The week@work – guaranteed basic income, college grad stats, internet trends and the world’s longest tunnel opens

This week@work the Swiss electorate rejected a ballot measure to provide a guaranteed basic income for citizens, the college graduate unemployment rate is 2.4%, with history majors matching mid-career salaries of business school grads, Mary Meeker projected her 2016 internet trends and 2,600 workers completed 17 years of work to open the world’s longest tunnel under the Alps.

On Saturday Swiss voters rejected a proposed plan to provide an unconditional monthly income of 2,500 francs by a margin of 77% to 23%.

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Philip Oltermann surveyed the growing economic trends toward guaranteed basic income, ‘State handout for all? Europe set to pilot universal basic incomes’.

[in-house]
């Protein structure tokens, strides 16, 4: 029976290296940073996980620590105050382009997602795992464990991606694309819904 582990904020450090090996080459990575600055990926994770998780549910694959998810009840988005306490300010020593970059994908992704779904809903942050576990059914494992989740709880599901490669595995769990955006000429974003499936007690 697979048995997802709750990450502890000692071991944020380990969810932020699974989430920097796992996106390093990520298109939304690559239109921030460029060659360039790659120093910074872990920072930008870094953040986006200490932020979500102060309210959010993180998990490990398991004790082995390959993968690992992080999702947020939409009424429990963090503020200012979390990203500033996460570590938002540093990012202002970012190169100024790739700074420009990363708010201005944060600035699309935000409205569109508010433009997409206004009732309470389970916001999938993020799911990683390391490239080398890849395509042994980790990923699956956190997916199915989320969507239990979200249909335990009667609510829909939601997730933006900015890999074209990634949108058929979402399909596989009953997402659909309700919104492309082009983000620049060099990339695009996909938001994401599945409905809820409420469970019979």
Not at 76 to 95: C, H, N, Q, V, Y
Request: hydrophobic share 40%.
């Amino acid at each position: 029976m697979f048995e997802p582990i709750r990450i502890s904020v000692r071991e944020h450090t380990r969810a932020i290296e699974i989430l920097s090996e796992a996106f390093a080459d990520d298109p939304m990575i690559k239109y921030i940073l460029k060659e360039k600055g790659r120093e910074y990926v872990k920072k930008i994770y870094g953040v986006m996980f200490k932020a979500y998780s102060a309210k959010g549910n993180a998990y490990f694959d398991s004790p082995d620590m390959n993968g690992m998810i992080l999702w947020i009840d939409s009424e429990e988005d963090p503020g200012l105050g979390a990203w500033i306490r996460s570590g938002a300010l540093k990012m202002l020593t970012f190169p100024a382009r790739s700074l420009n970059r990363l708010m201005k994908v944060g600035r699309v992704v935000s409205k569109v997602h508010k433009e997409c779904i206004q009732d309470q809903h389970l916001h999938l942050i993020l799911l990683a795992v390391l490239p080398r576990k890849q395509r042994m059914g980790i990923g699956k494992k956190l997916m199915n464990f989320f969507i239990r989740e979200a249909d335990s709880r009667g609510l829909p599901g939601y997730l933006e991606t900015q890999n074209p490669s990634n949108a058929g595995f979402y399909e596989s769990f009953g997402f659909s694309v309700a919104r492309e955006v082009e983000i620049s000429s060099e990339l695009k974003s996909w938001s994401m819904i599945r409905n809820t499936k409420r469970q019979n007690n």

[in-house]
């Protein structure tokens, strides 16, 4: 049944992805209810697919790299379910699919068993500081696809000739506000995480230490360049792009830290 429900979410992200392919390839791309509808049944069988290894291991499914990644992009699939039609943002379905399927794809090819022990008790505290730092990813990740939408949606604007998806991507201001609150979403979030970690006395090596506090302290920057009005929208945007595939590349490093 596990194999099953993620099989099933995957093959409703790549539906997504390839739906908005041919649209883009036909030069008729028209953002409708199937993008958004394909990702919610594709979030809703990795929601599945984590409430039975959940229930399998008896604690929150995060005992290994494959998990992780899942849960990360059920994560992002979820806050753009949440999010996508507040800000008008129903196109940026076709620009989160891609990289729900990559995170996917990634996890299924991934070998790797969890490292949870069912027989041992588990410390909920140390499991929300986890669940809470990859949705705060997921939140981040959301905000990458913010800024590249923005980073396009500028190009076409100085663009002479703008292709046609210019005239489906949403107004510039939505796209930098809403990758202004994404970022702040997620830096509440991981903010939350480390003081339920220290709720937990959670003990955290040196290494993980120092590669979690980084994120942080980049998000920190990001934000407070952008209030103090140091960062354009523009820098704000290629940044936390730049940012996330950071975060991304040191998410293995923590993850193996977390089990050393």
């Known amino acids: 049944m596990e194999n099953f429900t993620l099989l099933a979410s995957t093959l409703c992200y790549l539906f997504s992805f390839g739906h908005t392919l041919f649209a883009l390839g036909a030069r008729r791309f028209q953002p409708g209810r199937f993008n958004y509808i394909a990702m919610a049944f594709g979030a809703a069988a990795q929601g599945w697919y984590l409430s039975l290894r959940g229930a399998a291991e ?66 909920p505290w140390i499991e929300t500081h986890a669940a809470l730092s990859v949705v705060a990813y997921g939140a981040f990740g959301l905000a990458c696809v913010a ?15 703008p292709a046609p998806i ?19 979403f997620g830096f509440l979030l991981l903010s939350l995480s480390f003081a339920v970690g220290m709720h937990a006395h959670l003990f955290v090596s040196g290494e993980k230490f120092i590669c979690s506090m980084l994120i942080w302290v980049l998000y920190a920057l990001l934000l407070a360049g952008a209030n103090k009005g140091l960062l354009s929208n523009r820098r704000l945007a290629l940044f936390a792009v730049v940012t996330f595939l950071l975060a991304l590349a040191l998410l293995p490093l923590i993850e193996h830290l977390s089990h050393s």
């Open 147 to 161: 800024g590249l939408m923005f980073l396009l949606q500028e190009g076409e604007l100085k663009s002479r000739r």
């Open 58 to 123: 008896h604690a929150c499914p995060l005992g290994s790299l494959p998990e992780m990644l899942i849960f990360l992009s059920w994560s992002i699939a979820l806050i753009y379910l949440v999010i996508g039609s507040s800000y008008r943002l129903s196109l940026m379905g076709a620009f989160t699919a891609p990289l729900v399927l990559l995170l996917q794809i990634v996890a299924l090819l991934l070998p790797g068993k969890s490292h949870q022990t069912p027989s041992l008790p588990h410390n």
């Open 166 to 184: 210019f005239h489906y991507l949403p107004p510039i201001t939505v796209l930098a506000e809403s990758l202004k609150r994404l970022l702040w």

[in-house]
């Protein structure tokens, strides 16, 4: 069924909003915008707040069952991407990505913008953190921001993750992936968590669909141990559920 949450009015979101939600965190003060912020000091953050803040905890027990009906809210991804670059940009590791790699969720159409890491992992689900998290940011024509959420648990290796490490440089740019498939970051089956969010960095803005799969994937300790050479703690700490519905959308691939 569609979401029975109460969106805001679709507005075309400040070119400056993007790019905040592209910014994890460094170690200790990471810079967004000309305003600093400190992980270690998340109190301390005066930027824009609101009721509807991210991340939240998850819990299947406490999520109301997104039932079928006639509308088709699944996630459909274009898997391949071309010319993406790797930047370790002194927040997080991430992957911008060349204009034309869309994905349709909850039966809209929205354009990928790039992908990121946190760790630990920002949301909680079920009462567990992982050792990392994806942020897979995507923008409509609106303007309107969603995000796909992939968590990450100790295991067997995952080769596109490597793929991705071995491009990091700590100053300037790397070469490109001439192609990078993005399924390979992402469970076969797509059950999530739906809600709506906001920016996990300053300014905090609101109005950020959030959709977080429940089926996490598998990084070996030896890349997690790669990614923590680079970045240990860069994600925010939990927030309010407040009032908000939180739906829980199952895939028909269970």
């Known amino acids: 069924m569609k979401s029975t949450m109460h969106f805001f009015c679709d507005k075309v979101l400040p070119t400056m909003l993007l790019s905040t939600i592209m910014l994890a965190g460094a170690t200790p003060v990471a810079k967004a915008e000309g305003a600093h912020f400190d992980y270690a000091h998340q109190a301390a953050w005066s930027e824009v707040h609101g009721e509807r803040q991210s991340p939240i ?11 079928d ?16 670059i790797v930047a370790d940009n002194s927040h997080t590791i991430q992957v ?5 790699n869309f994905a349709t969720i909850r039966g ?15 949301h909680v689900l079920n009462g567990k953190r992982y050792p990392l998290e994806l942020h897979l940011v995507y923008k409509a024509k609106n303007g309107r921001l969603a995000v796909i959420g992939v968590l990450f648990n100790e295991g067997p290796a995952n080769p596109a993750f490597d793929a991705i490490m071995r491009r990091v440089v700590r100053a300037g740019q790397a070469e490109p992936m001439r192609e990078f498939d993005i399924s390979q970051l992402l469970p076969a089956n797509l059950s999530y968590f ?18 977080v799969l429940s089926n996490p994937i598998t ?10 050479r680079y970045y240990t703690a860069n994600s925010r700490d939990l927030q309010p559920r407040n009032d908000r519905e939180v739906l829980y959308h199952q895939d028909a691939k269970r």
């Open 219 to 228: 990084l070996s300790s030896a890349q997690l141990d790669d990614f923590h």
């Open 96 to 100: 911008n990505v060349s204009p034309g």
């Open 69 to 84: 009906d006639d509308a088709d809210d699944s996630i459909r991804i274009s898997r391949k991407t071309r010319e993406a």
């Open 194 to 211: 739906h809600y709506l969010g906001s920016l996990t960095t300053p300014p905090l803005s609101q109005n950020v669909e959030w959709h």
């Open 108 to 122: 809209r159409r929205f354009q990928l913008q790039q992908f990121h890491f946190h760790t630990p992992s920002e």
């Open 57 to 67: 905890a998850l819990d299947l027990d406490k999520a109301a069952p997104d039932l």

“Universal basic income has a rare appeal across the political spectrum. For those on the left, it promises to eliminate poverty and liberate people stuck in dead-end workfare jobs. Small-state libertarians believe it could slash bureaucracy and create a leaner, more self-sufficient welfare system.

In an increasingly digital economy, it would also provide a necessary injection of cash so people can afford to buy the apps and gadgets produced by the new robot workforce.

Crucially, it is also an idea that seems to resonate across the wider public. A recent poll by Dalia Research found that 68% of people across all 28 EU member states said they would definitely or probably vote for a universal basic income initiative. Finland and the Netherlands have pilot projects in the pipeline.”

The New Yorker contributor, Mark Gimein summarized recent discussions on the topic, comparing U.S. views to European counterparts.